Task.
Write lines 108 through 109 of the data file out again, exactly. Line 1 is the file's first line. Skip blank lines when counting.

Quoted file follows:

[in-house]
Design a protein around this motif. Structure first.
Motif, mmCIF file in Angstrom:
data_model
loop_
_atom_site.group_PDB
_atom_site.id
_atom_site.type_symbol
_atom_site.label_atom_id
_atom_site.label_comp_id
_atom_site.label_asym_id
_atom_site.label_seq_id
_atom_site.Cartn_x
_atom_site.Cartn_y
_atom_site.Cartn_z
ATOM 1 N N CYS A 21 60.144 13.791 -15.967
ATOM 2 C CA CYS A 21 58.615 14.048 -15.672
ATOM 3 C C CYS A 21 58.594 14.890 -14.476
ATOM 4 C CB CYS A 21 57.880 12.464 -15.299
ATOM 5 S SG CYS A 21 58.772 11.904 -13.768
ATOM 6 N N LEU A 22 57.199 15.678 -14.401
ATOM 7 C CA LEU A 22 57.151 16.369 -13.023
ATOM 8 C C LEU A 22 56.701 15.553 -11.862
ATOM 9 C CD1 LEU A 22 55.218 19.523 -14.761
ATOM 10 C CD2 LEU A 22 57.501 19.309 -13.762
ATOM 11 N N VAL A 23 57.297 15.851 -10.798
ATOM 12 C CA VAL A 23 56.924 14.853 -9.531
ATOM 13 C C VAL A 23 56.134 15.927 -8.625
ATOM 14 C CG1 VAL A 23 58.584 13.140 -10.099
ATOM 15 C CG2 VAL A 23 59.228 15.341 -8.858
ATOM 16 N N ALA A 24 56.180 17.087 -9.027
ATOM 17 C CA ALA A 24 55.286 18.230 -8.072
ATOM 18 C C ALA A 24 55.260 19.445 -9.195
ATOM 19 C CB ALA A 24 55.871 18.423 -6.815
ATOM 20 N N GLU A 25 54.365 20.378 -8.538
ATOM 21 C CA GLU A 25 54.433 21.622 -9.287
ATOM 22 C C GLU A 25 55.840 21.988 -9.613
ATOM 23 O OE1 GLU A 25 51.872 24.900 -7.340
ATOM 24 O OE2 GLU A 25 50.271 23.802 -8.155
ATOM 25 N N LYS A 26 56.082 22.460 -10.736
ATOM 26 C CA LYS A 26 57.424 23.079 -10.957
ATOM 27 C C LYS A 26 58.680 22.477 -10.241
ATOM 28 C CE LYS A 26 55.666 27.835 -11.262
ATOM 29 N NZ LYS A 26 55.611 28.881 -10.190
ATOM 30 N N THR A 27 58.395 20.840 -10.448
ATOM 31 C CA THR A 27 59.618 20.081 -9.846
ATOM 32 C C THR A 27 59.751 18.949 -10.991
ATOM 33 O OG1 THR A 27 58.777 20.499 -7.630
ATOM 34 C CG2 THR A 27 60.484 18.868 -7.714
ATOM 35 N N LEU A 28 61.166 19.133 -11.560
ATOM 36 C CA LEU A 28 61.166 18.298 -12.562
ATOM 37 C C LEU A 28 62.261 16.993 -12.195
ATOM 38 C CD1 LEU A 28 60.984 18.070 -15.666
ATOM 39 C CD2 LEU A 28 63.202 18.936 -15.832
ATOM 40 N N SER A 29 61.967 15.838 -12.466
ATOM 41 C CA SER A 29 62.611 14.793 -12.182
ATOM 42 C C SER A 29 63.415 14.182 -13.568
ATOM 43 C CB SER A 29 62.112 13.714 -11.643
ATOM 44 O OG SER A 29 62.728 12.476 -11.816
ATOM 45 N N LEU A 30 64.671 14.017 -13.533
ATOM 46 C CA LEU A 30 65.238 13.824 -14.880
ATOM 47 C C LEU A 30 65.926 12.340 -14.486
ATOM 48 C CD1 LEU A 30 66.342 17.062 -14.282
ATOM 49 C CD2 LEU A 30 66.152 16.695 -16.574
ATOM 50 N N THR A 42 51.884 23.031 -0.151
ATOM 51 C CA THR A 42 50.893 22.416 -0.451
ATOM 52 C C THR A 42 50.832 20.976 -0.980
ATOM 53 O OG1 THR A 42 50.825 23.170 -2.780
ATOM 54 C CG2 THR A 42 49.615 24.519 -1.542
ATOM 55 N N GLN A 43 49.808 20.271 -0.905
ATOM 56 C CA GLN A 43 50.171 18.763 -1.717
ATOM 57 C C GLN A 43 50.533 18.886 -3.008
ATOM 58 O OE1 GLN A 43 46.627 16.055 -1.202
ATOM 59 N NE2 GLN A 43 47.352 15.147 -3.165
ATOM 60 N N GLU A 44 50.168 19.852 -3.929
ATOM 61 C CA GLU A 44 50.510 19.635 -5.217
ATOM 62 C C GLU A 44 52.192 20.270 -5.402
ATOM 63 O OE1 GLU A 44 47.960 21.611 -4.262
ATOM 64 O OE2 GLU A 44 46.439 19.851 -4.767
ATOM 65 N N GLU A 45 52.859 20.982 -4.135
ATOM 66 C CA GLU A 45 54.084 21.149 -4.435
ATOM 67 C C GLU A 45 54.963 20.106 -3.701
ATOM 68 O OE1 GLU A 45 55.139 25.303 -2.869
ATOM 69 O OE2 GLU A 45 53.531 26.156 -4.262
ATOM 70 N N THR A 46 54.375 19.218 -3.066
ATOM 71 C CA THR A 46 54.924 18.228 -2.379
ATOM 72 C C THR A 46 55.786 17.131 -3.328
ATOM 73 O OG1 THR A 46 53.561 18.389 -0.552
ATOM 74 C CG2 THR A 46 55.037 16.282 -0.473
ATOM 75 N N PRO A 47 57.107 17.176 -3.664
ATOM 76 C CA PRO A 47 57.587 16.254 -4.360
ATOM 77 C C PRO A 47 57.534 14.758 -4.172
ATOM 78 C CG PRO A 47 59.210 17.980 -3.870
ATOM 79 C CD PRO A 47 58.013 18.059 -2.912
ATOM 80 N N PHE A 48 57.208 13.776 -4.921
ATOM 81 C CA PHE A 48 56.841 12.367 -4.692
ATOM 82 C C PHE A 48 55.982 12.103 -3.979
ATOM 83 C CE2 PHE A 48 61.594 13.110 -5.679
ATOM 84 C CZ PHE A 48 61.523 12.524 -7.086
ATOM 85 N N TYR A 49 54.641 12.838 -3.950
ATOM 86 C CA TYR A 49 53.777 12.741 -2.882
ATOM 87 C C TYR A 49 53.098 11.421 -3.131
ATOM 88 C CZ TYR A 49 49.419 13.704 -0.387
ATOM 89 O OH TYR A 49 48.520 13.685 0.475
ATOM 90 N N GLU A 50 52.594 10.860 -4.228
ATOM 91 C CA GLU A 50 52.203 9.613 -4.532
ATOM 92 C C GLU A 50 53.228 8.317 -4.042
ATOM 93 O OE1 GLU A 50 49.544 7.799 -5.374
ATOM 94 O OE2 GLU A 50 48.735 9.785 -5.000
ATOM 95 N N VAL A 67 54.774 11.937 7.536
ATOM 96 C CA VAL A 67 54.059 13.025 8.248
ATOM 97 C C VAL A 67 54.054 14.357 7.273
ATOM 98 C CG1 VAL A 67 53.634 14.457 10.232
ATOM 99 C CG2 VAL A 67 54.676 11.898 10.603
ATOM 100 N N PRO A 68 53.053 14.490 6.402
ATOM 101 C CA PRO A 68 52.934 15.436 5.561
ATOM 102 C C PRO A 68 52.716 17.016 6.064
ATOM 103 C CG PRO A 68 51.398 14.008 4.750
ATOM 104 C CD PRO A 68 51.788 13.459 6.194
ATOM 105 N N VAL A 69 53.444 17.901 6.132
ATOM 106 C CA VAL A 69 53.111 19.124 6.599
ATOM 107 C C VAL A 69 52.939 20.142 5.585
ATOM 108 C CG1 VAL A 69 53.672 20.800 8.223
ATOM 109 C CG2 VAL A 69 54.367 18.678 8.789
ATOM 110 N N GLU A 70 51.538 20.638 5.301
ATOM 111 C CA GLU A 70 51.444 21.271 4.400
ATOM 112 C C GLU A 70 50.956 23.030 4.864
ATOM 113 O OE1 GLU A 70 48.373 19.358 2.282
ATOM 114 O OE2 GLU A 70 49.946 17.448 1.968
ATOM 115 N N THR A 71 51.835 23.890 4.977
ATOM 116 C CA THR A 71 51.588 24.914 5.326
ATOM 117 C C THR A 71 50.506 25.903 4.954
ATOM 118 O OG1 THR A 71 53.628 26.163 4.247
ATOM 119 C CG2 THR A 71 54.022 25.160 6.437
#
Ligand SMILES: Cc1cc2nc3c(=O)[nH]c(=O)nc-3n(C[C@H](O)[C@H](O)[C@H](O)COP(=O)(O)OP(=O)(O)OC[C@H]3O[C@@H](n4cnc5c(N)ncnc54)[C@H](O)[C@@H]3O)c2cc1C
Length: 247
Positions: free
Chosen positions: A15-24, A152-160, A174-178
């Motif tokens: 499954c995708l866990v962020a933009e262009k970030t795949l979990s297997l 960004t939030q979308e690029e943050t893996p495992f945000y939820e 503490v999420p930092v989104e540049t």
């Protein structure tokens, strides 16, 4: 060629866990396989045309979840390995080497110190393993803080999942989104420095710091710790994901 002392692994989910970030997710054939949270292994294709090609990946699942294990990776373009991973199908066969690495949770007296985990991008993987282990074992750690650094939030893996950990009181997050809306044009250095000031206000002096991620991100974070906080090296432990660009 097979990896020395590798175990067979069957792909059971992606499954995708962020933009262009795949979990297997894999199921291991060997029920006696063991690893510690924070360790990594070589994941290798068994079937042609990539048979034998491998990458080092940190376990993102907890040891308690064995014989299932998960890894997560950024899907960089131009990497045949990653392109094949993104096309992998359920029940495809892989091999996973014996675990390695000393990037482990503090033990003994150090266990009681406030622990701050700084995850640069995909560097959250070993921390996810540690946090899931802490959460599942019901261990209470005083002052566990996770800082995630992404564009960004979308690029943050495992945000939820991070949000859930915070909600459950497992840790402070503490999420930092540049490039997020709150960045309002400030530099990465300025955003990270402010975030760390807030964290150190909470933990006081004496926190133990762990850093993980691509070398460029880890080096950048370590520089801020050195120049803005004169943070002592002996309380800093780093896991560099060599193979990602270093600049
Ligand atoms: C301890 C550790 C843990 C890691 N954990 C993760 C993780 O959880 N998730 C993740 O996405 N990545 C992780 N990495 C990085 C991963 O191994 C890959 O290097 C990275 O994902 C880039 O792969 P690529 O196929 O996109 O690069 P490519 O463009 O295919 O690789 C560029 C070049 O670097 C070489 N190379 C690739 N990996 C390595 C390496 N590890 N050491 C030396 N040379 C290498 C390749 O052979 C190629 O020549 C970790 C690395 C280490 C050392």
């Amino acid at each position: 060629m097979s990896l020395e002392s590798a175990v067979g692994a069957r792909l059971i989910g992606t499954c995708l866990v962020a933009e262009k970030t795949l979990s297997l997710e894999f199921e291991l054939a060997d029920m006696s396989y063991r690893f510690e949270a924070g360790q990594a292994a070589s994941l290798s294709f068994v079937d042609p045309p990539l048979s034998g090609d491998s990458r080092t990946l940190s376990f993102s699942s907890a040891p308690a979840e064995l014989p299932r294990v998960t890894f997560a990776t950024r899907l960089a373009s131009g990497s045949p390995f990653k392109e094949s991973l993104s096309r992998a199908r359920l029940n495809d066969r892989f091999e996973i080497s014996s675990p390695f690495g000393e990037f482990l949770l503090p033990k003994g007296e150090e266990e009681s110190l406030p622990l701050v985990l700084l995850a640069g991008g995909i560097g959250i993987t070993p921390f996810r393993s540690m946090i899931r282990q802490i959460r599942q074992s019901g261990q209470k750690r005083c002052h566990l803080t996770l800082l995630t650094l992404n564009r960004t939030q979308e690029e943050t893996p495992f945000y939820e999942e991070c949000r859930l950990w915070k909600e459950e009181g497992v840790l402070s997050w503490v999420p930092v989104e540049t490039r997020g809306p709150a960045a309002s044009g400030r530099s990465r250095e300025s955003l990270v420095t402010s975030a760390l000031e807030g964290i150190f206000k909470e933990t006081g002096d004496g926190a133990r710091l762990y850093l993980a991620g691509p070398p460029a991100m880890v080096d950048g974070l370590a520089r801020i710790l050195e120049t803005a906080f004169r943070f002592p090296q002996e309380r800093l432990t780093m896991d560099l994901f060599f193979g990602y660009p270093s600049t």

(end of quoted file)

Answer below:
ATOM 93 O OE1 GLU A 50 49.544 7.799 -5.374
ATOM 94 O OE2 GLU A 50 48.735 9.785 -5.000